Arequipa and Cusco are south Peru tourist destinations and many bus companies, including gringo favourites Cruz del Sur, Oltursa and Civa, operate the 11 hour journey between the cities.
Almost all Arequipa-Cusco buses run overnight and this suits travellers wanting to save on accommodation and maximise sightseeing. However, I highly recommend taking the day bus for the wonderful scenery and wild animals!
Five vicuña, wild relatives of the alpaca and llama, graze on the Andean plainContinue reading →
Note: see article end for 14 tips on visiting and hiking the Colca Canyon
A majestic Andean condor flying past Cruz del Condor in Peru’s Colca Canyon
One of the deepest canyons in the world, the Colca Canyon is an excellent hiking destination and a prime place to see the awesome Andean condor.
Located in Arequipa Region’s Caylloma Province, the Colca Canyon is five hours’ drive north of Arequipa city. A major tourism destination, buses, tourist vans and guided tours depart daily from Arequipa for the canyon. Continue reading →
My July 2016 second visit to La Paz, Bolivia, included mountain biking Death Road, zip-lining over valleys and partying in the high altitude city. My first stay in La Paz ended with me needing to escape to a lower elevation due to altitude sickness. Not this time.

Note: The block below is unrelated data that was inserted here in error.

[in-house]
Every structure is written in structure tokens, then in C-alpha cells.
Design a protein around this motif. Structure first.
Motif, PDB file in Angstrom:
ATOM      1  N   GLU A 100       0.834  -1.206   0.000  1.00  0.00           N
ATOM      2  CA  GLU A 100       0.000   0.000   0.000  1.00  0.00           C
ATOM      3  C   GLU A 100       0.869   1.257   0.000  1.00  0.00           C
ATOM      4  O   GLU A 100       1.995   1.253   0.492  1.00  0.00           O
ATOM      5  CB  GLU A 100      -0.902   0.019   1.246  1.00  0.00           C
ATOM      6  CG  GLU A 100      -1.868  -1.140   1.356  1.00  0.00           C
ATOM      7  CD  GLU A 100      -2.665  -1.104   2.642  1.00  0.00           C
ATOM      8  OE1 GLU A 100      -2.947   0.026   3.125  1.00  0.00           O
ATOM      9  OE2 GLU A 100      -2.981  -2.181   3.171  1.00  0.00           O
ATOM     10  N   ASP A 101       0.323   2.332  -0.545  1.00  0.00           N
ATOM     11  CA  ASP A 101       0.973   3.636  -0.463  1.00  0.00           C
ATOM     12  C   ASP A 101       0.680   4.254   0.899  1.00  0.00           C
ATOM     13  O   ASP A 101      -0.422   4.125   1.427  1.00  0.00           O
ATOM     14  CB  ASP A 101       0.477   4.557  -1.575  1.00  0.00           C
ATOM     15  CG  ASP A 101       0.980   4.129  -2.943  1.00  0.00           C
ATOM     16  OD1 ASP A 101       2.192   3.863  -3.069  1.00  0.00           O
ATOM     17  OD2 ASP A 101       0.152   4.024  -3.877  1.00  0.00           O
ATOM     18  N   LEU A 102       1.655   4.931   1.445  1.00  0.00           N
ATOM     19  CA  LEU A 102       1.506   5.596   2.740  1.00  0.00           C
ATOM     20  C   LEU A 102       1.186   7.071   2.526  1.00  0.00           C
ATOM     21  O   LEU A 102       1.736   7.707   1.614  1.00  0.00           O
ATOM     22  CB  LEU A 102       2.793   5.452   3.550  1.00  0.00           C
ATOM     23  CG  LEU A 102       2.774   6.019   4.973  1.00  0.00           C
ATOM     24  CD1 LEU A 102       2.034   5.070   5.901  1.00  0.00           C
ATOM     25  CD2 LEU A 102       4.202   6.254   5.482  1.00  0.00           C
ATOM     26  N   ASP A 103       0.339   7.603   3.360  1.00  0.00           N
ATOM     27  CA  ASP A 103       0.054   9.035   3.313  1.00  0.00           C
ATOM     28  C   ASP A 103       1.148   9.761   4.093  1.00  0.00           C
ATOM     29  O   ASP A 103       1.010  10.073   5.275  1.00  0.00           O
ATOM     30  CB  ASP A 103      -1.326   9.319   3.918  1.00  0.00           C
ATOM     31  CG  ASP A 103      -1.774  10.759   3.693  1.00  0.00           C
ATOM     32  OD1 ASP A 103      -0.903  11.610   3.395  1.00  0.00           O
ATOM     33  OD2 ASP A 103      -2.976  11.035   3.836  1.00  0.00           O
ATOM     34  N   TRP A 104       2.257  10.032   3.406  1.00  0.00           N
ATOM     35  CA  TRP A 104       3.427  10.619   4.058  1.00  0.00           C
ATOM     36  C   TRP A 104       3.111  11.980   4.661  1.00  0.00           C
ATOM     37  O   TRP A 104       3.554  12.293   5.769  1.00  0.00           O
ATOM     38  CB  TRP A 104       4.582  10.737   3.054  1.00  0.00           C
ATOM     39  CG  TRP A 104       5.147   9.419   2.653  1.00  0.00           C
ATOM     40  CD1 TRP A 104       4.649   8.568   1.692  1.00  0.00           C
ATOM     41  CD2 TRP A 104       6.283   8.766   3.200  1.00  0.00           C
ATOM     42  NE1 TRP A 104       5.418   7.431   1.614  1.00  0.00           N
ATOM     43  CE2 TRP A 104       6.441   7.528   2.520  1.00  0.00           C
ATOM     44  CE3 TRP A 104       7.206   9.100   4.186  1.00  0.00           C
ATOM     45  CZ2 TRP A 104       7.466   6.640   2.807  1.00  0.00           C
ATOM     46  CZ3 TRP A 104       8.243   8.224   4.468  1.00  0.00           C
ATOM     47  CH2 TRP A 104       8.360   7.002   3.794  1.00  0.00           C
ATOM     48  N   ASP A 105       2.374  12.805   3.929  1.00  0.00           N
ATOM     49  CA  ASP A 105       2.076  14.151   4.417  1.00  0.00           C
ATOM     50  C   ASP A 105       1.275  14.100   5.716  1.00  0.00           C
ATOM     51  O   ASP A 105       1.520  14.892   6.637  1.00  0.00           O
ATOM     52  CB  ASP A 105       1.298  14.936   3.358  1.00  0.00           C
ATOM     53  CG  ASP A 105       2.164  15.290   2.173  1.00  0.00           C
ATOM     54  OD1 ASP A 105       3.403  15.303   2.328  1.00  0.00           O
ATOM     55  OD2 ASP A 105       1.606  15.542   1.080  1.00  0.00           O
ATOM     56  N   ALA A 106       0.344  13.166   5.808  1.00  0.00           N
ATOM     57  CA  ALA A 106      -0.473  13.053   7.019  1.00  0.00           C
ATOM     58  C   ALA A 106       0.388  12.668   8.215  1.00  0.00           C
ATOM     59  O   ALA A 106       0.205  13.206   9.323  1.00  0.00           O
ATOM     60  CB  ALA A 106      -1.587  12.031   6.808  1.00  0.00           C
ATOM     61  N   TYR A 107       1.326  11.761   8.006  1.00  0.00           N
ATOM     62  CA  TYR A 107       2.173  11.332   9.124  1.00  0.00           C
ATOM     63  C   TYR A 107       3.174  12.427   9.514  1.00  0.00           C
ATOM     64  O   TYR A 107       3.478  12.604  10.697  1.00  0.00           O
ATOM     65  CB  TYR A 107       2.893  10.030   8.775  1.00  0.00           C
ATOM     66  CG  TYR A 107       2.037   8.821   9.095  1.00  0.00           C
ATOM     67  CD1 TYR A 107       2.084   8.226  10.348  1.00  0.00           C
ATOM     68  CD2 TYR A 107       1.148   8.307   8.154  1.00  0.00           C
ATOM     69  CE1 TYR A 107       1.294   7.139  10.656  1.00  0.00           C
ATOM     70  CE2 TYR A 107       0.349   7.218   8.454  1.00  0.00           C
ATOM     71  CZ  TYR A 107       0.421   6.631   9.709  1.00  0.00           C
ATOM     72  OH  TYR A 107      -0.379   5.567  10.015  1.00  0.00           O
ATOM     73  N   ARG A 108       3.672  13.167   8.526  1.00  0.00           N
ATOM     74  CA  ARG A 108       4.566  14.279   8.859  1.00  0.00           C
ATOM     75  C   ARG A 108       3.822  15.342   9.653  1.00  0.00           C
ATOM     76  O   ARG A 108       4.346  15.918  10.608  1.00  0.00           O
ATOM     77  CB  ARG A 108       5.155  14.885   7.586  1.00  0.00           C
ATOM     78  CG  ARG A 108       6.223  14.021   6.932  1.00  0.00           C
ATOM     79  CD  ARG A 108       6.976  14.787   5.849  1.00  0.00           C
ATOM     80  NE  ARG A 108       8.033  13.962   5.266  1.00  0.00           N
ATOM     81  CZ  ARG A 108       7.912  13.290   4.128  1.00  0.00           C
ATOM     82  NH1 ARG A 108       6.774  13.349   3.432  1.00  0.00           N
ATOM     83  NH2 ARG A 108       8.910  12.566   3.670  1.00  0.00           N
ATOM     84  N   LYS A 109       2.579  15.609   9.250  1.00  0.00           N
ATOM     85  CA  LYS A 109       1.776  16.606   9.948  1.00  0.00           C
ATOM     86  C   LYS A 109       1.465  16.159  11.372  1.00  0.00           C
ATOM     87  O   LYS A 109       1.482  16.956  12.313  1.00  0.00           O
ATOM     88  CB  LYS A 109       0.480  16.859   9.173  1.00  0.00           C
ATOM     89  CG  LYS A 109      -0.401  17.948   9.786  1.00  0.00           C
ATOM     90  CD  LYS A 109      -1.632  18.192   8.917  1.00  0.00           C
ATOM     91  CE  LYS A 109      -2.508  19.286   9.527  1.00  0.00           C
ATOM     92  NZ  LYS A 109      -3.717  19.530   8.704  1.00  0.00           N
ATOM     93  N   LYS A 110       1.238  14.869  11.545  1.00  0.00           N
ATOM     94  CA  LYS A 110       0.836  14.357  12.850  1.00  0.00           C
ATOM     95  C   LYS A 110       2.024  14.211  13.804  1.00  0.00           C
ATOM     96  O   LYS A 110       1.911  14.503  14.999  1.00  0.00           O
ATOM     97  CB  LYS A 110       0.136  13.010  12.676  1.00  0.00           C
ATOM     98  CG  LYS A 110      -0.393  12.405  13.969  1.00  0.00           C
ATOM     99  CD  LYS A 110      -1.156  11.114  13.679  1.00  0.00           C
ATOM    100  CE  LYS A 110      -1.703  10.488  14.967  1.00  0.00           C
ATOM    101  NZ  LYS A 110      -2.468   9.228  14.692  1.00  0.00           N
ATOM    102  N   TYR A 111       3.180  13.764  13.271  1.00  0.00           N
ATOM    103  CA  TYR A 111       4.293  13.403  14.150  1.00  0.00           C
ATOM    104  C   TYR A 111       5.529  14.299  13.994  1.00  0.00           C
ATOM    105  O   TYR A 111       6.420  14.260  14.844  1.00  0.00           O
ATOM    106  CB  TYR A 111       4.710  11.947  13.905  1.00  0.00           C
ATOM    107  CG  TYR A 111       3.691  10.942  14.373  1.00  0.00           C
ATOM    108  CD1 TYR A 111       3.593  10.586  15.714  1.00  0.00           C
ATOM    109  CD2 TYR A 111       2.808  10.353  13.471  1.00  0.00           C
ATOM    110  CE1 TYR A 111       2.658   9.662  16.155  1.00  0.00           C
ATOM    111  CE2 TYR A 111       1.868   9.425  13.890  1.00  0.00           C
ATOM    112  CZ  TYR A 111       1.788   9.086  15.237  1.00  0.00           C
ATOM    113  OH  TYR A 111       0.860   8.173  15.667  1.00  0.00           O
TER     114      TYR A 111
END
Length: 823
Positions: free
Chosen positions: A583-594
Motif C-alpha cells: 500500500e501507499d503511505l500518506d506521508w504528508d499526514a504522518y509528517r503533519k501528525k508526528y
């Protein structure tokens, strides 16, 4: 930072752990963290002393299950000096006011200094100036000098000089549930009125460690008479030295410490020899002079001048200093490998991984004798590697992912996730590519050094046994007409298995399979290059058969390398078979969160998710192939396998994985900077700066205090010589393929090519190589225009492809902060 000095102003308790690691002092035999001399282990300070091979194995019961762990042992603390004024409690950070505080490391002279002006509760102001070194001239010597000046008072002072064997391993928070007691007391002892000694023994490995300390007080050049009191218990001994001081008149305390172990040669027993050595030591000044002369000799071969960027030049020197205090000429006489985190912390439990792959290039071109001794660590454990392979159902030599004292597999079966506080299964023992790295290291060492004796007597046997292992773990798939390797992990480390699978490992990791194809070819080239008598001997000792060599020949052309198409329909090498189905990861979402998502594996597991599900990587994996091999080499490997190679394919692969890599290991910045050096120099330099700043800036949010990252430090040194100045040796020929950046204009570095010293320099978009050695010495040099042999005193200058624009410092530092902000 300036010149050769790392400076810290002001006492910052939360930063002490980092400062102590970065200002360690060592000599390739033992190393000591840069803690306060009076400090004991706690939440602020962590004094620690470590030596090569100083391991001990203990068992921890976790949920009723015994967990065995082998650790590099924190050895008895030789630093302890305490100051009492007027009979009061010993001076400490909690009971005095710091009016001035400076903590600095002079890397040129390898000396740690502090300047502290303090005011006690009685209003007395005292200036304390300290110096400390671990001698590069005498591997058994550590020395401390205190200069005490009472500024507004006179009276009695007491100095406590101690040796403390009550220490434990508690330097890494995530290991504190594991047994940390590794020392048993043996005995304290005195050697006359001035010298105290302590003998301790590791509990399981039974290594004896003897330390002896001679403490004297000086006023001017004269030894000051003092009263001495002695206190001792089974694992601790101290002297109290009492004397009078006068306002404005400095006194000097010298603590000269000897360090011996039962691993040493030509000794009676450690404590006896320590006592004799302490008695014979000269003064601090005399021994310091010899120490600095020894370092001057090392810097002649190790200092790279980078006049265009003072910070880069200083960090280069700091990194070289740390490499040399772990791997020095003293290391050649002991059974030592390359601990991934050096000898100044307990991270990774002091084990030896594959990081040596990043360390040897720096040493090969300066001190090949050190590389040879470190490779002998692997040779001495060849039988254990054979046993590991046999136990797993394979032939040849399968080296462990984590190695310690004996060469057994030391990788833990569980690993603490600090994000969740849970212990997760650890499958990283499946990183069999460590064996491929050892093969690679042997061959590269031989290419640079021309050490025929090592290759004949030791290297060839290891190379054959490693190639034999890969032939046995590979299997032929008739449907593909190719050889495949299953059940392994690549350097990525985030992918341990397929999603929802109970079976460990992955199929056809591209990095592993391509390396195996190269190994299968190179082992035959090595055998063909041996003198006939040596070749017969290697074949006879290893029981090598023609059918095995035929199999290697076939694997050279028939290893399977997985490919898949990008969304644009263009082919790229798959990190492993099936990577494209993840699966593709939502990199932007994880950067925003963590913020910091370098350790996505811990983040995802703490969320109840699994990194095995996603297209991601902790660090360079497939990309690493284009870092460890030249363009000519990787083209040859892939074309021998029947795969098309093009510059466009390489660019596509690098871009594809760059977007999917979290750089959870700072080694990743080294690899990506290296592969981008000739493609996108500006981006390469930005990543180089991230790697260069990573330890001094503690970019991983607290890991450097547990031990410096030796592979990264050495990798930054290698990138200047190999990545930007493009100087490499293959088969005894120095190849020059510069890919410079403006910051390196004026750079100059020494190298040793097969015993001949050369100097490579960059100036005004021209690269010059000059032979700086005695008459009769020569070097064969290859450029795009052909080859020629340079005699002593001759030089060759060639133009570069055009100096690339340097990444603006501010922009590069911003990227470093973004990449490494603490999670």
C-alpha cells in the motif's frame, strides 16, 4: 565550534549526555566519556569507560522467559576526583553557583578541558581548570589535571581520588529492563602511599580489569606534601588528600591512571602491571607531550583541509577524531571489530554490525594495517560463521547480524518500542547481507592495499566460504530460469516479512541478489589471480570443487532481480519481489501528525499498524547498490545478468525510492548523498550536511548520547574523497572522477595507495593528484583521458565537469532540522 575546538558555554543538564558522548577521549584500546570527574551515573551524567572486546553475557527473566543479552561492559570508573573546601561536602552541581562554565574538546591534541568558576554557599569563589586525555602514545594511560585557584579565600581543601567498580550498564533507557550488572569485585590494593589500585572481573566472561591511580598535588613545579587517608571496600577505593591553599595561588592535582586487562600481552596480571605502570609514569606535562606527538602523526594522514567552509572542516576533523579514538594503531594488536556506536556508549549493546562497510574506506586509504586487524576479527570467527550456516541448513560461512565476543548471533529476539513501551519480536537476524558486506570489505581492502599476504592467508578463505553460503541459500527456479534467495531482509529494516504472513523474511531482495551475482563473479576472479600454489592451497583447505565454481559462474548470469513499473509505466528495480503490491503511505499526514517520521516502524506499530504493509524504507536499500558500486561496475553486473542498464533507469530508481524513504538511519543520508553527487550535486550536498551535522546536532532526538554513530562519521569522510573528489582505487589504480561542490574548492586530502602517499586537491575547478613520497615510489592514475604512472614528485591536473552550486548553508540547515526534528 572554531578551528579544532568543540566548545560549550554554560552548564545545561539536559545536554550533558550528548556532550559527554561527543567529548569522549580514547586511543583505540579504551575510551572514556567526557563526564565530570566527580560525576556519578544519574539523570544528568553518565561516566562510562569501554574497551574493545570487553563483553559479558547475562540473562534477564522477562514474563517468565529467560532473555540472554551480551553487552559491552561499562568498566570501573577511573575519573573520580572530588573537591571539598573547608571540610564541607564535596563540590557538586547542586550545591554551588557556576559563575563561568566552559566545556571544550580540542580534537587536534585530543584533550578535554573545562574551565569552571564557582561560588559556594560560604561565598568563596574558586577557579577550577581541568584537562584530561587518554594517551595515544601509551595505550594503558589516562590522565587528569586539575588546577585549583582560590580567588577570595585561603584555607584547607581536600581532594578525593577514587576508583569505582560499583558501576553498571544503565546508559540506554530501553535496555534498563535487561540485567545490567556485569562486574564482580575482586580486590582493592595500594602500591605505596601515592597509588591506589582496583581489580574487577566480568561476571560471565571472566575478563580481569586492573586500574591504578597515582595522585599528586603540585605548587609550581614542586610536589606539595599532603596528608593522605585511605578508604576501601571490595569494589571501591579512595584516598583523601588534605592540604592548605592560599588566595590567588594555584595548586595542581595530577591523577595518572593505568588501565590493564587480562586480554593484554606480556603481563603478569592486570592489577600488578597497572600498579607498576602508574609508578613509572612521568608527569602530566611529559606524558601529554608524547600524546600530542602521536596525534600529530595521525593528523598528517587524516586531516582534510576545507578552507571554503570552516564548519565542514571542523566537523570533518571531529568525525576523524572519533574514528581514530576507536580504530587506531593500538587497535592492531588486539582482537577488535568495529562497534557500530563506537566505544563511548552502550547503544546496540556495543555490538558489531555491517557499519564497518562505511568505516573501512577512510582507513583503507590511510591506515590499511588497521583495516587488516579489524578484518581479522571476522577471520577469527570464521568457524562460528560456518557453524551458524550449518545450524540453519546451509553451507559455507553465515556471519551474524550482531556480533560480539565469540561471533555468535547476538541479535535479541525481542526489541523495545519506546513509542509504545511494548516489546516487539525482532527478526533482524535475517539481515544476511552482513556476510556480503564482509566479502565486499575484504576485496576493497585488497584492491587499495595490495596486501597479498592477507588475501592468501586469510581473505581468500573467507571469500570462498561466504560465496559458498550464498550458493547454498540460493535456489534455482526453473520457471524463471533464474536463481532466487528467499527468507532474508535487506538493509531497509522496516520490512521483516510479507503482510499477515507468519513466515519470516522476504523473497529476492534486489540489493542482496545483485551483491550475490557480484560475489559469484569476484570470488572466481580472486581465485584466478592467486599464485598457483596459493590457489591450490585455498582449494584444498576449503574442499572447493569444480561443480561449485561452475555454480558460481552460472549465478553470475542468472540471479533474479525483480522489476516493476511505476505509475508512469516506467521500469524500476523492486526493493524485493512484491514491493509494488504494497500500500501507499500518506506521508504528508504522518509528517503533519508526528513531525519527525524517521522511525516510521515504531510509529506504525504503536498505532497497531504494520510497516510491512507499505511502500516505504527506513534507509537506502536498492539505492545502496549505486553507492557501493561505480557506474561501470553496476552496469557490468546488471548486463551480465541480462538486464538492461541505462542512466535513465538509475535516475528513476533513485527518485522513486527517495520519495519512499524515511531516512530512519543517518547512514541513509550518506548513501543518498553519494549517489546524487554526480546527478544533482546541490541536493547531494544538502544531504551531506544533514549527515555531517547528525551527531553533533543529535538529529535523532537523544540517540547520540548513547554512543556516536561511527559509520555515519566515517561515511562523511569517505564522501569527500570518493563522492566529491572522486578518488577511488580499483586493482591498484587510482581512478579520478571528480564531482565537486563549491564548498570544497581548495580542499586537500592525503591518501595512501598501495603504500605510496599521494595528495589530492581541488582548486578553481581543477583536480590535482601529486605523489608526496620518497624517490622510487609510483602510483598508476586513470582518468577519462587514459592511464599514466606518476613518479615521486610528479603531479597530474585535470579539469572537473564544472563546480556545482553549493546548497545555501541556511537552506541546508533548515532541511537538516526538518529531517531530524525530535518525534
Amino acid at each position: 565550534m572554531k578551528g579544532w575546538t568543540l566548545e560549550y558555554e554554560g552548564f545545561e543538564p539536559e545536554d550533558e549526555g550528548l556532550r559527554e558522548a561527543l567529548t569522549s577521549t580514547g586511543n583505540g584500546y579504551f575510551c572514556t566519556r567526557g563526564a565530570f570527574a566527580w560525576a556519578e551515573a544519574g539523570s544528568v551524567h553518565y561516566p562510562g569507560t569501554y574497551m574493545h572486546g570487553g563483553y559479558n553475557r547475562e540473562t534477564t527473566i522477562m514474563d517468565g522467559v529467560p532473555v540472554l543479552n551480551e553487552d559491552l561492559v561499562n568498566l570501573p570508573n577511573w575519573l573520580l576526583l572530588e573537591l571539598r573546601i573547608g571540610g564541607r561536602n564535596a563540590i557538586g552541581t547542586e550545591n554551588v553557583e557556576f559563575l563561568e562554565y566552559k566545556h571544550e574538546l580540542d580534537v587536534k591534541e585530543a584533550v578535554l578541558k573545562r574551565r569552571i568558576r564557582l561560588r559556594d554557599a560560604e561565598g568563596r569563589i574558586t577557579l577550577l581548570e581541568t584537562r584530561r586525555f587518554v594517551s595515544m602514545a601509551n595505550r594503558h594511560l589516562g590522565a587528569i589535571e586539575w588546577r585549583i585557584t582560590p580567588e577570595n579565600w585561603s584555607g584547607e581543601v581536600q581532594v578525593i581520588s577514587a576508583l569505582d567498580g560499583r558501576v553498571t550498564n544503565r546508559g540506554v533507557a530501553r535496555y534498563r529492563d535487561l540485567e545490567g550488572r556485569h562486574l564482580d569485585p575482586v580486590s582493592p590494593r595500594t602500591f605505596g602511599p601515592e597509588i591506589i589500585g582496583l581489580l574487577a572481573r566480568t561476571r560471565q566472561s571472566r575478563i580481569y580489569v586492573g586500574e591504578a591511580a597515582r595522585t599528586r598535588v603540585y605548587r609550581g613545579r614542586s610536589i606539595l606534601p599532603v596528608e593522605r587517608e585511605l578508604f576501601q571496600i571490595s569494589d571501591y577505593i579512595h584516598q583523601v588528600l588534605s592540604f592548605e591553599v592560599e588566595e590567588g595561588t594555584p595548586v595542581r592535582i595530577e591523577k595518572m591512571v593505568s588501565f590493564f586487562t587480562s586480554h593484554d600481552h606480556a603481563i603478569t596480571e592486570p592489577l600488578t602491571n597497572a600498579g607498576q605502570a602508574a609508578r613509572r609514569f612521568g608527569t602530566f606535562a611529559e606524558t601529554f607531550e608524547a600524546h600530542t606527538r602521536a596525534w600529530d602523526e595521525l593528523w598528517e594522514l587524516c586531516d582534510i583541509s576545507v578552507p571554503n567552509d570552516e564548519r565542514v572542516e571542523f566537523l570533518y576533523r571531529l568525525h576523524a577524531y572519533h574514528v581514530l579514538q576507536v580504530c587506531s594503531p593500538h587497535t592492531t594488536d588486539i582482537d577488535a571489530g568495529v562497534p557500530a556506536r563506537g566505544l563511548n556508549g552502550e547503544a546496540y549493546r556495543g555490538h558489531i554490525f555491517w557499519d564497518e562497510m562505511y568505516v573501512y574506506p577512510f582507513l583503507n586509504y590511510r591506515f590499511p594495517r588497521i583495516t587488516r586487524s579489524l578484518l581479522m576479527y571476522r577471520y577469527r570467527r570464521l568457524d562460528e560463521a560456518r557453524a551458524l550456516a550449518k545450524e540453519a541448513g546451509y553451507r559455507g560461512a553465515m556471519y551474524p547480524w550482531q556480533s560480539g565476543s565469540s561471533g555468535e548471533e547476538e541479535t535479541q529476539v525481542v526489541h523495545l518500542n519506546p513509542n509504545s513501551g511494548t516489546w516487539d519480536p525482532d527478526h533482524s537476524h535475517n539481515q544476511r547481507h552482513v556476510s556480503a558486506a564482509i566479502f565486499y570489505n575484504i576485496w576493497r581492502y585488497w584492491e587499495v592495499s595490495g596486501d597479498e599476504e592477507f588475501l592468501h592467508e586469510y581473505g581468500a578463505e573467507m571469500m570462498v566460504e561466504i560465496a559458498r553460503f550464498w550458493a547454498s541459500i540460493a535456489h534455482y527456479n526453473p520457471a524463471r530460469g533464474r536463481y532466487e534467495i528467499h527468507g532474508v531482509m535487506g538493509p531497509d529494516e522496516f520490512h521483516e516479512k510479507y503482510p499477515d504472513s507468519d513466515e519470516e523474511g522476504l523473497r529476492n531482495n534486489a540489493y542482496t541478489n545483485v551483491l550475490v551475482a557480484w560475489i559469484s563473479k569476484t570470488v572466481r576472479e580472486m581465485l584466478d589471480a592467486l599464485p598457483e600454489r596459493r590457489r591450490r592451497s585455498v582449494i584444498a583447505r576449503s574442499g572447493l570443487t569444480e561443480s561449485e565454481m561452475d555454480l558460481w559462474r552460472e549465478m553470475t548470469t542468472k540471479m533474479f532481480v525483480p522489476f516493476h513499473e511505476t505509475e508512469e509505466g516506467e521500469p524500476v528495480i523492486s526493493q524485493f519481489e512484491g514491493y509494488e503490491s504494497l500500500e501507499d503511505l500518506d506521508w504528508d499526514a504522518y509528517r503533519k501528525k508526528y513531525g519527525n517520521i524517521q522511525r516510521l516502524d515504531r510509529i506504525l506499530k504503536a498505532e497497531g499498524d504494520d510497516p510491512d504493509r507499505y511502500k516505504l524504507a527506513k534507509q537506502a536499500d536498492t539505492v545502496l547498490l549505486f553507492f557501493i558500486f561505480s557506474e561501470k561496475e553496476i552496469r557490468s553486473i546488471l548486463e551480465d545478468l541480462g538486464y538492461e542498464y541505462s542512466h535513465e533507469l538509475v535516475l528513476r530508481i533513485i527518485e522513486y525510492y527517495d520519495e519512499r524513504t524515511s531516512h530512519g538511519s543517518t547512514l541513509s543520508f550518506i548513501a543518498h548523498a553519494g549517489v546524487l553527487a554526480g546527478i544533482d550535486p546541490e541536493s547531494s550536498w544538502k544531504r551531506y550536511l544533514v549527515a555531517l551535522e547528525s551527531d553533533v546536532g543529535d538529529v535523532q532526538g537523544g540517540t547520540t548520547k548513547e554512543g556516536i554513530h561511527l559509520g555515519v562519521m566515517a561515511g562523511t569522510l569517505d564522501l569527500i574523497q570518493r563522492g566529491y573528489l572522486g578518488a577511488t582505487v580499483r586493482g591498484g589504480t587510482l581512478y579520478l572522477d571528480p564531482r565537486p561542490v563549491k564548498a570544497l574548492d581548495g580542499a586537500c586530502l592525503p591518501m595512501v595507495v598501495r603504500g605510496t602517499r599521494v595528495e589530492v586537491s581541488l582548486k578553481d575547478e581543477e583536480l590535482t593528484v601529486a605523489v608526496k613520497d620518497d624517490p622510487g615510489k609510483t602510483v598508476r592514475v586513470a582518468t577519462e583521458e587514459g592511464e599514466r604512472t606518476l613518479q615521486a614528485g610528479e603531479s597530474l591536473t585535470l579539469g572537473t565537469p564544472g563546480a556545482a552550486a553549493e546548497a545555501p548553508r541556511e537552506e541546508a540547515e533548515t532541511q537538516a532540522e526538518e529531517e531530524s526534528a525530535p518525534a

This great view of La Paz from Pirwa Hostel’s patio did not beat Death Road’s scenery
North Yungas Road, also known as Death Road* (Ruta de la Muerte in Spanish) was named by Inter-American Development Bank in 1995 as the world’s most dangerous road. The road’s 64 kilometre length, steepness, amazing scenery and infamous reputation make mountain biking down it a must-do day trip for adventure-seeking visitors to La Paz.
From the amazing Brazilian Pantanal I needed to get to La Paz, Bolivia. With no direct flights and one-way flights ridiculously expensive, the best mode was overland.
Leaving the excellent Hostel Road Riders in Corumbá, Brazil, Dana, Ela and I took a taxi to the Bolivian border. As an Australian, I obtained my Bolivian entry stamp easily. Not so Israeli passport holders Dana and Ela. Border officials shunted them around, asked for itineraries and bookings and treated them with disdain.
The Corumbá-Quijarro border crossing from outside a shop on the Bolivian side where I waited for Dana and Ela
After a few hours Dana and Ela still had not received their visas so I left the border for Puerto Quillaro’s La Brasilena train station. There I met New Zealanders Kyle and Anna who also wanted to buy a ticket on the Death Train to Santa Cruz de la Sierra. Continue reading →
The Pantanal, spread across South American countries Brazil, Bolivia and Paraguay is the world’s largest tropical wetland. The region is also an amazing place for viewing wildlife despite consisting largely of privately owned cattle stations. In four days of Pantanal exploring I saw and photographed so many birds and other animals, they required separate blog posts. Continue reading →